Federal government awards $16 million to DC schools in order to combat illiteracy

Federal government awards $16 million to DC schools in order to combat illiteracy

Graphic by Madison Dias

Mary Harney

DC Public Schools have been awarded a 5 year $16 million grant to improve literacy among students. The grant is intended to help children who have disabilities, are learning English or are financially disadvantaged, according to a September 29 press release from the Mayor’s office. 

The DC School Report Card shows “only 37 percent of students are meeting or exceeding grade level standards for English language arts,” a spokesman at the Office of the State Superintendent of Education (OSSE) said.

Under the plan to distribute the money, 95 percent of the funds will be given “to local organizations that directly serve children, from birth through grade 12, which includes DCPS schools, public charter schools, and community-based organizations,” the OSSE spokesman said. Specifically, 40 percent of funds will be given “to organizations serving students in grades 6-12.” Another 40 percent will be given to “those serving grades K-5,” and 15 percent will be given to “organizations serving children” from birth through age 5.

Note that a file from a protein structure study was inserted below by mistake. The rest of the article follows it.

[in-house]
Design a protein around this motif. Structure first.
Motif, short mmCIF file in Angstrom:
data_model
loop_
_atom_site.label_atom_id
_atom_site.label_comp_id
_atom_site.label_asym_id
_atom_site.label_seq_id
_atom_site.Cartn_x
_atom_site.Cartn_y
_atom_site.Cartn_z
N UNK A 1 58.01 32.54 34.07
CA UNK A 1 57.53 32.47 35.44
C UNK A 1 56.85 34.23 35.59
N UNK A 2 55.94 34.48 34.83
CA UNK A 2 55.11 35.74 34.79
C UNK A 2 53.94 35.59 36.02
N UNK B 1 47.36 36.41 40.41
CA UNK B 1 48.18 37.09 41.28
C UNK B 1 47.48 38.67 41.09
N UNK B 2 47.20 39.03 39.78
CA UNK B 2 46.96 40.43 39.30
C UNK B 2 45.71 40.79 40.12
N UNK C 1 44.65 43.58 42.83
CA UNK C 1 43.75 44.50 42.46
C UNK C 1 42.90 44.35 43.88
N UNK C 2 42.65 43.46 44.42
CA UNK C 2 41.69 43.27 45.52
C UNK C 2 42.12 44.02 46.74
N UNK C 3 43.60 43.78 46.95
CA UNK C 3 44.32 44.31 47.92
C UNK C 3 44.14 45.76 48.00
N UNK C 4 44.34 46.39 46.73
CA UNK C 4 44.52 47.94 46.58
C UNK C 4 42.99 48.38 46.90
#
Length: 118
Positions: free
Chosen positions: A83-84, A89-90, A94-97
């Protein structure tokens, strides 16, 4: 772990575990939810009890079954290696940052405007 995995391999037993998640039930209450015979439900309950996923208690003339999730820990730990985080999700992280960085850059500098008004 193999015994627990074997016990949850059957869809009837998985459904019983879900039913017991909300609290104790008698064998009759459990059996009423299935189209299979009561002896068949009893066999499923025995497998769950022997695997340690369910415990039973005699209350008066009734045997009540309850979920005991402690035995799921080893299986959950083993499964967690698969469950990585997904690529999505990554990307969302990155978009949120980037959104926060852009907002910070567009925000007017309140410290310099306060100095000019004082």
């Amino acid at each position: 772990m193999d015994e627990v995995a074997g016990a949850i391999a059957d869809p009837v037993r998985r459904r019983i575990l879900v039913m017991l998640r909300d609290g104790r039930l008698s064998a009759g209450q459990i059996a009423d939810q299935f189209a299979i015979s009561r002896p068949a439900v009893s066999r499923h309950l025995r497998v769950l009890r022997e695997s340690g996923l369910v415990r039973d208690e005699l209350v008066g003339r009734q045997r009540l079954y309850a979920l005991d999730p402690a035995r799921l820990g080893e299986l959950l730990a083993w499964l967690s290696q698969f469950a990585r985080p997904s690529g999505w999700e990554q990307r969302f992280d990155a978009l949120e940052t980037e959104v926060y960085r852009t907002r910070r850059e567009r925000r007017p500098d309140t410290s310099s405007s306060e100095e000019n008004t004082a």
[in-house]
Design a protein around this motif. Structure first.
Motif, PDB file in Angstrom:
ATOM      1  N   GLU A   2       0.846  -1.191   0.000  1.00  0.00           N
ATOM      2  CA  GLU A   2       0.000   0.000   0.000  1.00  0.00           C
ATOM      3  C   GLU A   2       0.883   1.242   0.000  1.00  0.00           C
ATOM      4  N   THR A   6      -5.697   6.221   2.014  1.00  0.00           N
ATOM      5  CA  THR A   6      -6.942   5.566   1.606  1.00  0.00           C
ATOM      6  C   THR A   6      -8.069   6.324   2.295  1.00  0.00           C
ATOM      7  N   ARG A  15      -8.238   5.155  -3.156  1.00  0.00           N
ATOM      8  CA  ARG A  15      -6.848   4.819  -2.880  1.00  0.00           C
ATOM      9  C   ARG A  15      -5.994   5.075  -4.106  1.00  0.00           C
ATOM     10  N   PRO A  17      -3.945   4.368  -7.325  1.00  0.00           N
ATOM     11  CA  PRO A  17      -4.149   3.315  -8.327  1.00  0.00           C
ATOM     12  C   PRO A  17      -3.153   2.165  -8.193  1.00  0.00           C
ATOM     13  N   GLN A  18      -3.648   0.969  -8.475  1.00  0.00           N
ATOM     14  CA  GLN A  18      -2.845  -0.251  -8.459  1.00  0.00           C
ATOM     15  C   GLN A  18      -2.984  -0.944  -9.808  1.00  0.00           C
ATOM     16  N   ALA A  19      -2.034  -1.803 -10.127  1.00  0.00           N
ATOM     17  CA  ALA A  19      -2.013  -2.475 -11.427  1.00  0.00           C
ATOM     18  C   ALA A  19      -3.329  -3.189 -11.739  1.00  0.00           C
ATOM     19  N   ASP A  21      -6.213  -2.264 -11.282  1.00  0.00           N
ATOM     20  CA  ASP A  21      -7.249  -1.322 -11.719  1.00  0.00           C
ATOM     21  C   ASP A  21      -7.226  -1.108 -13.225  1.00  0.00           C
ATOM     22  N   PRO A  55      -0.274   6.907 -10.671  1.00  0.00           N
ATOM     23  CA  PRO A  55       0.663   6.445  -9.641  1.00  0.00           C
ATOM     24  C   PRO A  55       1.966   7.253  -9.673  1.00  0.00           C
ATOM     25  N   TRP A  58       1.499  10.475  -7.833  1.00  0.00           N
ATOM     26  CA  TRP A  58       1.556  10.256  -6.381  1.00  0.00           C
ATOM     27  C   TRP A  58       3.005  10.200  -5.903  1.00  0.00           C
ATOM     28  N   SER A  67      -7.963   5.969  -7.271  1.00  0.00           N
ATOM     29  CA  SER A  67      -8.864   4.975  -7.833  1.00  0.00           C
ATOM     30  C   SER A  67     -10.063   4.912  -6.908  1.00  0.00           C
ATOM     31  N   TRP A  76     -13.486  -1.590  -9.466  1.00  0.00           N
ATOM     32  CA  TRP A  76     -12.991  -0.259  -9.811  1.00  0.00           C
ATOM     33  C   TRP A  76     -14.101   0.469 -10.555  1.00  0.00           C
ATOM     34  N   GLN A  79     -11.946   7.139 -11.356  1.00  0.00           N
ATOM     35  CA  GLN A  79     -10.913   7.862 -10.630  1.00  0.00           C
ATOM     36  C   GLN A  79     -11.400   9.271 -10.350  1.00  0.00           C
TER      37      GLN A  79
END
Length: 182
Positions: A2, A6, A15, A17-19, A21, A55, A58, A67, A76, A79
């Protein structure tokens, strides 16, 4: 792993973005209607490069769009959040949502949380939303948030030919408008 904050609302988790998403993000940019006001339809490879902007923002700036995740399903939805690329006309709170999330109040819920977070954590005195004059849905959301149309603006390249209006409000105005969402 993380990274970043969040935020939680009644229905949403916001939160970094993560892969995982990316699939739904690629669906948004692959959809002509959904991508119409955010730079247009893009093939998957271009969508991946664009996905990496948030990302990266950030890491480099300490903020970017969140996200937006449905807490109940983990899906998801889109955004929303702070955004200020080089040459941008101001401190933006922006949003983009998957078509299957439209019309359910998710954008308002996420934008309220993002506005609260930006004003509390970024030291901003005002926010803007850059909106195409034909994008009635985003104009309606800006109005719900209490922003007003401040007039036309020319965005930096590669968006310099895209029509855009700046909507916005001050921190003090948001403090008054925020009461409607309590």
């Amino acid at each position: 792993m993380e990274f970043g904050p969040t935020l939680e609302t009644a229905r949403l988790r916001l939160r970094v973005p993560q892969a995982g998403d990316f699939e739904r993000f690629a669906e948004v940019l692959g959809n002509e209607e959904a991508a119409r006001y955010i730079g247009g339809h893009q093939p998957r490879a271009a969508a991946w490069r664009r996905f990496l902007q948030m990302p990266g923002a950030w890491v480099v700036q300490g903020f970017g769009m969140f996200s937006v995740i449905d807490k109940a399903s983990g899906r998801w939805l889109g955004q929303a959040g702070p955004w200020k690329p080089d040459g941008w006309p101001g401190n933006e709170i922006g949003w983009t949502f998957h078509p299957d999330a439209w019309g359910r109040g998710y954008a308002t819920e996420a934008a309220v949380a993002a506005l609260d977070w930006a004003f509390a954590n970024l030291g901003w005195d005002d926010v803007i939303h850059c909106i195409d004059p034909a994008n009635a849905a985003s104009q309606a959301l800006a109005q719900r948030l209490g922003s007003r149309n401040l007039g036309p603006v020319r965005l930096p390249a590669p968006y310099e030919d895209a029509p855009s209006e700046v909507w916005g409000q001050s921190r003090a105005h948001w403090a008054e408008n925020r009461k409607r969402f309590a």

Wilson has the option to apply for a portion of the grant. In response to the grant, Wilson principal Kimberly Martin said that “based on these criteria, it makes sense that Wilson isn’t directly involved.”

The spokesman added that Mayor Bowser was motivated to apply for the grant because “this is a significant opportunity to strengthen pre-literacy foundations for young children, deepen literacy instruction K-12, and accelerate learning for those students furthest from opportunity.”

According to the mayor’s press release, the goal of the grant over the next five years is to bolster language and literacy among children up to age 5, get more children to read at grade level from third grade on up, and, through intervention, improve literacy outcomes for about 25,000 disadvantaged and traditionally underserved children.

However, if Wilson does choose to apply for a portion of the 40 percent of the grant money set aside for organizations serving grades 6-12, the school’s leadership would have to work together with “DCPS Central Office leadership to design a ‘local literacy plan’ to demonstrate what Wilson would do with the money to improve literacy for its students,” the OSSE spokesman said.

The grant was awarded at a time when illiteracy remains a serious problem in the United States, and in the District of Columbia, and as literacy is dropping among young students forced to stay home during the coronavirus pandemic. The Washington Post, citing District data, reported in October that literacy targets among kindergarteners and first- and second-graders had dropped since at-home learning began.

And The Post reported in 2016 that “according to data from the 2014 U.S. Census Bureau, 21 percent — or nearly 60,000 —  of working age adults in the city lack a high school diploma.” Illiteracy can have major ramifications such as, affecting one’s ability to obtain a job.